students write with chalk on

Kindness Art for Students

Students will identify examples of kindness and create art that reflects those examples.

Level: PreK/Lower Elementary, Upper Elementary
Duration: ≤ 15 minutes
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Planning For It

When You Might Use This Practice

  • To encourage kindness, generosity, and helpfulness
  • To build inclusive communities at the start of the year
  • To support peer relationships before assigning a group project


Time Required

  • 5-10 minutes



  • PreK/Lower Elementary
  • ​​Upper Elementary



  • Art materials (e.g., paint, paper, markers, magazines, clay, glue, pencils)


Learning Objectives

Students will:

  • Identify acts of kindness
  • Make art that reflects the acts of kindness they identified or observed


Additional Supports


Character Strengths

  • Kindness
  • Generosity


SEL Competencies

  • Social Awareness
  • Relationship skills


Mindfulness Components

  • Open Awareness
  • Focused Attention

How To Do It

Reflection Before the Practice

  • Identify 1-3 times you observed examples of kindness over the past week. Take a moment to reflect on those acts of kindness. Next, consider making a quick art piece to represent one of the kind acts you witnessed.
  • How do you feel after you capture this moment? Do you notice a difference in your behavior? Do you experience a greater desire to help others?

There are many ways we can inspire our students to be kind—from the way we talk to them to how we acknowledge them to the stories we read together. But there is another easy way to encourage kindness in kids: with art.

Step 1: Identify Acts of Kindness!

  • To connect with kindness more deeply, ask students to seek out stories of kindness in everyday life. The goal is for students to identify 1-3 acts of kindness.
    • For example, your students might encounter stories of kindness on the news, on social media, or from talking to someone they know; or they may witness or experience kindness at school or in their home.
    • You can even encourage students to interview people in their community, like firefighters, to learn about kind acts they’ve experienced or performed.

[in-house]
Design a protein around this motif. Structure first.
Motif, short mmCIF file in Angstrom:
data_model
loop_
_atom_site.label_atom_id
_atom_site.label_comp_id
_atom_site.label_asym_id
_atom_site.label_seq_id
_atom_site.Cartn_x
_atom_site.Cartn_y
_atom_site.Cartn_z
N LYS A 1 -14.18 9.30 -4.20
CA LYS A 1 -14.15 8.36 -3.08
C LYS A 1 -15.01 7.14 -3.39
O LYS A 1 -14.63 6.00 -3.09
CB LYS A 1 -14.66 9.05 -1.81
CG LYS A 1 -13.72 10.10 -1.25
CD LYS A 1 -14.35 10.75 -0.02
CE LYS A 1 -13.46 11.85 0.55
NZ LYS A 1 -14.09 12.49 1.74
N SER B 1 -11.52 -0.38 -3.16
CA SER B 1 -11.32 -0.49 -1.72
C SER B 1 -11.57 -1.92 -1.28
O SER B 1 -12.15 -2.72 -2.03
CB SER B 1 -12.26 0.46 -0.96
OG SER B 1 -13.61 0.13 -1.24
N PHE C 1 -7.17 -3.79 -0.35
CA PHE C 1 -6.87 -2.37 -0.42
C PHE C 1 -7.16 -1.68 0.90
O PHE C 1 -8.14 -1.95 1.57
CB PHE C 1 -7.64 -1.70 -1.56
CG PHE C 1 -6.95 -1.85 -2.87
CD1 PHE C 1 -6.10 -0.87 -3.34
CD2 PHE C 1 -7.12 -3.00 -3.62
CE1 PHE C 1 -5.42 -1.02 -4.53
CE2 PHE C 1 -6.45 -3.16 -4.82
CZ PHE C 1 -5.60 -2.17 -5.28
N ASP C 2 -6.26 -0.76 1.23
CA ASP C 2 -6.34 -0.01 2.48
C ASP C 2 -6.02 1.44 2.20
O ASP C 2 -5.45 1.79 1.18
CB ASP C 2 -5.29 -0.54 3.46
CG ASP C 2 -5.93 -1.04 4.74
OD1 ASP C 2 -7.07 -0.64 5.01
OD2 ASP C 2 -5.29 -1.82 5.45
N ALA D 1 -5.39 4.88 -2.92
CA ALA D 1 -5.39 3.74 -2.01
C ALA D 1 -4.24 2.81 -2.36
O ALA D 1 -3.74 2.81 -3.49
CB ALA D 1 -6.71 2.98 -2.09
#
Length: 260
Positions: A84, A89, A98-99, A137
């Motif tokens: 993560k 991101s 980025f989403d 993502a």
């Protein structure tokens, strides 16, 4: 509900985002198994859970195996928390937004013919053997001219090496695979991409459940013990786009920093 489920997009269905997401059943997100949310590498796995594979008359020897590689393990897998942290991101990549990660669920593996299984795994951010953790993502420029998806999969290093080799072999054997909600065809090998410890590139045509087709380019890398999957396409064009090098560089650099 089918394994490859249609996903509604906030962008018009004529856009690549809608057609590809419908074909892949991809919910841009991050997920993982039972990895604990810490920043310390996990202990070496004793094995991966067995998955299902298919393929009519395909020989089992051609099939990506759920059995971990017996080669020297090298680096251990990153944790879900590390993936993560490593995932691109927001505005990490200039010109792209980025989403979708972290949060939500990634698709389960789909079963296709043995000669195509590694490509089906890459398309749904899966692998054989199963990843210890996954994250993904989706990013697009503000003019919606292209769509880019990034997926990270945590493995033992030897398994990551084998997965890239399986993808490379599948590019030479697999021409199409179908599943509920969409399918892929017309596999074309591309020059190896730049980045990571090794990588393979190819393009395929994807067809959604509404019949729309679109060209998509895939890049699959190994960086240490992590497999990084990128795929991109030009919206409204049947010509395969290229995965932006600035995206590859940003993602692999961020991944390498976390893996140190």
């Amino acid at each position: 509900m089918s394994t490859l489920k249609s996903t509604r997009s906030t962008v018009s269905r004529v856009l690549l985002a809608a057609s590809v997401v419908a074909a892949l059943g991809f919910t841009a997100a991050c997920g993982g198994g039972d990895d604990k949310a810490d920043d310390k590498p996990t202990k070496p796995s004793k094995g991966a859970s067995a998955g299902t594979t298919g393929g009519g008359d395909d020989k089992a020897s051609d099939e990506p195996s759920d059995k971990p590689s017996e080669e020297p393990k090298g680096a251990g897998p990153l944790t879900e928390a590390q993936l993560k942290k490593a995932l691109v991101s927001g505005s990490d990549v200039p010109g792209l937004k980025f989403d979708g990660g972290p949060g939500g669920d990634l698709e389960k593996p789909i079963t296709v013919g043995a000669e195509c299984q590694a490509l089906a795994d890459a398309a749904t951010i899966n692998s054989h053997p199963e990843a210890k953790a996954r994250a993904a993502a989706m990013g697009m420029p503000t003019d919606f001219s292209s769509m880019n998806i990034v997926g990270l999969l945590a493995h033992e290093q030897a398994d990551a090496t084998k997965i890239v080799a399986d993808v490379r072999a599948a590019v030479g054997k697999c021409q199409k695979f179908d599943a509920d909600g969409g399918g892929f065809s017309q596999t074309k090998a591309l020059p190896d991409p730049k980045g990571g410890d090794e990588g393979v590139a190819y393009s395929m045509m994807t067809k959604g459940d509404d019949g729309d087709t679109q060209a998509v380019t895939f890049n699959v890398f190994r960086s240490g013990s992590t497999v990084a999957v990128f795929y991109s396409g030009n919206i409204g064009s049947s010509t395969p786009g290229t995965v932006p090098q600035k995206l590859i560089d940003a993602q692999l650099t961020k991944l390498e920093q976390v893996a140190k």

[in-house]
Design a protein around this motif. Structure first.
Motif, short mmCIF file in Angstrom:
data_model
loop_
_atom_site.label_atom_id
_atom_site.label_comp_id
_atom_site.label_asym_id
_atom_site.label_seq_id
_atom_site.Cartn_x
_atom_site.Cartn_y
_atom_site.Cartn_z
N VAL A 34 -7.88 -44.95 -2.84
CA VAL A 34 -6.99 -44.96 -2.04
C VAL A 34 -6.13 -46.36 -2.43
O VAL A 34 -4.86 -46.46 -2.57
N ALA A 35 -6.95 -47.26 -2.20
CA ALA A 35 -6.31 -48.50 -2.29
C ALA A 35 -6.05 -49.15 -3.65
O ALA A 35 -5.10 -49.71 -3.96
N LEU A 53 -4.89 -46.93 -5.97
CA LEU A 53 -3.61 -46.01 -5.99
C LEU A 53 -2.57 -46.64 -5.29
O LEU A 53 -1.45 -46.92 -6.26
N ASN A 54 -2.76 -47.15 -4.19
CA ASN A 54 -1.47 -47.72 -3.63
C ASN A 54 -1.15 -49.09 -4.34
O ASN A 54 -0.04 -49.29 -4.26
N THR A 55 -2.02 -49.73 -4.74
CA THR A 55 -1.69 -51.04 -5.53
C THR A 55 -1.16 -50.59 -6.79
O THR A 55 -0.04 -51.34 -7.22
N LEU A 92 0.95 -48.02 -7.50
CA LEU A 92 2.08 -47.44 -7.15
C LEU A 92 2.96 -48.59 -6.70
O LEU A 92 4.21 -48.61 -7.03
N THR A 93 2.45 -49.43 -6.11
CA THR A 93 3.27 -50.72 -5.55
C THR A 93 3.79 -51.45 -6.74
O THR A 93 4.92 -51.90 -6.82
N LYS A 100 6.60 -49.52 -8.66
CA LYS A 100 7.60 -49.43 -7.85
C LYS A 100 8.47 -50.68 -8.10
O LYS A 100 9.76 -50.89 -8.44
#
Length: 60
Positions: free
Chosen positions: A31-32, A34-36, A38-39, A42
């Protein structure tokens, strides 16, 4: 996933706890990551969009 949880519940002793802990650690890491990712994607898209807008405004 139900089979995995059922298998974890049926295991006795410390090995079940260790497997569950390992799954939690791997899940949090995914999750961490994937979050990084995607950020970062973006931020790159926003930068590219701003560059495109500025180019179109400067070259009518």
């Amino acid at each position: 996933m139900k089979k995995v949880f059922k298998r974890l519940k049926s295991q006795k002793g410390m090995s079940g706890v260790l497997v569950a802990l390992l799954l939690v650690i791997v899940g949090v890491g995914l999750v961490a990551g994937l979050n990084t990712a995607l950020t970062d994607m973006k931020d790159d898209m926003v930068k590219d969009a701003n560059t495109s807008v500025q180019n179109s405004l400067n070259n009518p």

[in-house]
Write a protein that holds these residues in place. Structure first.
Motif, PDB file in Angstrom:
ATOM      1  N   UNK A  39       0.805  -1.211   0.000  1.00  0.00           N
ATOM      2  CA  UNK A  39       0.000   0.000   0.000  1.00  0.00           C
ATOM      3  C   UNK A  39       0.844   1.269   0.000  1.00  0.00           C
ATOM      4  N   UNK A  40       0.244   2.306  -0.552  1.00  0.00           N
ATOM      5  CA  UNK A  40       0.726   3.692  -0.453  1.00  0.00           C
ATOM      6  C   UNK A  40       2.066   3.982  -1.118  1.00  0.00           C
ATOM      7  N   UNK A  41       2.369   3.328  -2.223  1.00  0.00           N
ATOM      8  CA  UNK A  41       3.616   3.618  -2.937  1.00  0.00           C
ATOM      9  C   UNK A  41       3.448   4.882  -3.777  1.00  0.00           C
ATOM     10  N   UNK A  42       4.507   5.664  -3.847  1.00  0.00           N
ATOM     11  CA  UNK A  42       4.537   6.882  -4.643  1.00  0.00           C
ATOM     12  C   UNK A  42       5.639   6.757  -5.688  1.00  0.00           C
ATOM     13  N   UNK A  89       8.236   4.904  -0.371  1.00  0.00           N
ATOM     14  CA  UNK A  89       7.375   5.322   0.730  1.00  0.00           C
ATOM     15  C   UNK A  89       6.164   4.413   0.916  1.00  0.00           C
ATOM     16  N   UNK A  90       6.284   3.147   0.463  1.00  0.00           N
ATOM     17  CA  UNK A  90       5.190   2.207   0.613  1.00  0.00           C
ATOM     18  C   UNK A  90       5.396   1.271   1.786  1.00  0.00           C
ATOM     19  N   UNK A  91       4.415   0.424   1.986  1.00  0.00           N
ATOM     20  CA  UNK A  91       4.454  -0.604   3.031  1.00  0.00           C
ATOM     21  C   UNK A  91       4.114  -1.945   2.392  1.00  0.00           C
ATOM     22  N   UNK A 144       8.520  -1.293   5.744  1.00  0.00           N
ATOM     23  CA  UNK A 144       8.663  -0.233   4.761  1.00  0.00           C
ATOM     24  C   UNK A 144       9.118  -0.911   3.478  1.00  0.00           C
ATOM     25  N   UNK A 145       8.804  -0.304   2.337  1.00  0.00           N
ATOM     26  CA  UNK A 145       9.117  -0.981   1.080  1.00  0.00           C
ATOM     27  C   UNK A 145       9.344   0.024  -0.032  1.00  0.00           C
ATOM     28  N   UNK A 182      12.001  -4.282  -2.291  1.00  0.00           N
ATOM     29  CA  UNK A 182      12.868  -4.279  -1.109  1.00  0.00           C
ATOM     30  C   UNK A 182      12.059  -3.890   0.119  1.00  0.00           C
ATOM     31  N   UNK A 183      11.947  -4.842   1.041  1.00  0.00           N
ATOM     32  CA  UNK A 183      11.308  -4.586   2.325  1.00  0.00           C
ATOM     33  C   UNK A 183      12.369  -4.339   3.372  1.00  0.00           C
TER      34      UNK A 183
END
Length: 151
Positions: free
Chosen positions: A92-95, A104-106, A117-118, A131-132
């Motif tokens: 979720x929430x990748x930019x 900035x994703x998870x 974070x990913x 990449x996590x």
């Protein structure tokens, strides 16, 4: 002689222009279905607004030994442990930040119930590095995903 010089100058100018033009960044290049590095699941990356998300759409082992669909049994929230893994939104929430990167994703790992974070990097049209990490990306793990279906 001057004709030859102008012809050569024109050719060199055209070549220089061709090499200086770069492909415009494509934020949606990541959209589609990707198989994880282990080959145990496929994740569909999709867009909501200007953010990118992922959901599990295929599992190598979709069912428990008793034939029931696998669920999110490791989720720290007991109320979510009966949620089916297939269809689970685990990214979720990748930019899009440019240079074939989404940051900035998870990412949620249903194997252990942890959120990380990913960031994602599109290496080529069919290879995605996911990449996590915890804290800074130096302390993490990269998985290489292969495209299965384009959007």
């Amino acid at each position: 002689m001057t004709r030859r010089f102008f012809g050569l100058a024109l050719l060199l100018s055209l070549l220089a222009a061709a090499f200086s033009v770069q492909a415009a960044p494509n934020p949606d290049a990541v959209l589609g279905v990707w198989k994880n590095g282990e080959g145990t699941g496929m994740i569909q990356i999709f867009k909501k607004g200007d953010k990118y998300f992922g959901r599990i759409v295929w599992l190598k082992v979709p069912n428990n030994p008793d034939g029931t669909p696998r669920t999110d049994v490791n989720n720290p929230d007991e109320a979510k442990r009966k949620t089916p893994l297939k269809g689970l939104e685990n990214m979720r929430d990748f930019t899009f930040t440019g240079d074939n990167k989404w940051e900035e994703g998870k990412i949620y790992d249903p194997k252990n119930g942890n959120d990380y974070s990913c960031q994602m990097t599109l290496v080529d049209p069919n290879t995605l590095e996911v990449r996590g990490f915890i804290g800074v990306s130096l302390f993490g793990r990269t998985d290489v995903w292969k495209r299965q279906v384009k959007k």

Step 2: Make art!

  • Next, encourage students to focus on one of the acts of kindness that they identified and absorb it further by making art about it.
    • Students can write songs, paint, draw, create collage boards, or write and illustrate picture books or comic books to tell stories of kindness. When possible, you can encourage students to collaborate with others to create art together.

Step 3: Share!

  • After completing their works of art, have students share their art in pairs, small groups, or the whole class.
  • Discuss with students how making their art piece about kindness made them feel. What can they do to encourage more kindness in their classroom and school?



Julie Van de Vyver, Ph.D., Durham University, United Kingdom

Reflection After the Practice

What acts of kindness did your students notice? How were their examples similar or different?
Did you notice a change in your students’ behavior? Were they more generous with each other or willing to help each other during or after this lesson?

The Research Behind It

Evidence That It Works

In one study, children (5-10 years old) either made art to celebrate stories of kindness with local artists or learned about kindness from their usual school-based curriculum. Children who made kindness art increased in their intentions to help, share, or comfort another child in need, but this wasn’t the case for children who learned about kindness through a school-based curriculum. When children participated in this type of arts program for seven months, their kindness intentions increased for up to six months later.


Why Does It Matter?

During childhood, being inclusive of and caring for others—especially those who may be different from us—can sometimes require extra practice. By the age of three, children already determine who is most like them in group settings and tend to show a preference for those children. This preference peaks around middle childhood and is particularly obvious in competitive situations.

Helping students to focus on acts of kindness leads them to want to help, share, and comfort each other, even those who may be different from them. These are the building blocks of positive, inclusive communities. And kindness is good for students. School-age children who engage in kind acts are more well-liked by their peers and have improved well-being. The benefits of kindness are even seen as early as toddlerhood—young children are happier when giving to others than when receiving.

Using the creative arts is also a fun, accessible, and meaningful way to help students be more inclusive while encouraging self-expression and creativity. With a minimal investment in time and resources, kindness art activities can have a lasting effect on your students and your classroom community.

“Everything good that’s ever happened to me came out of helping others.”
–Danny Trejo
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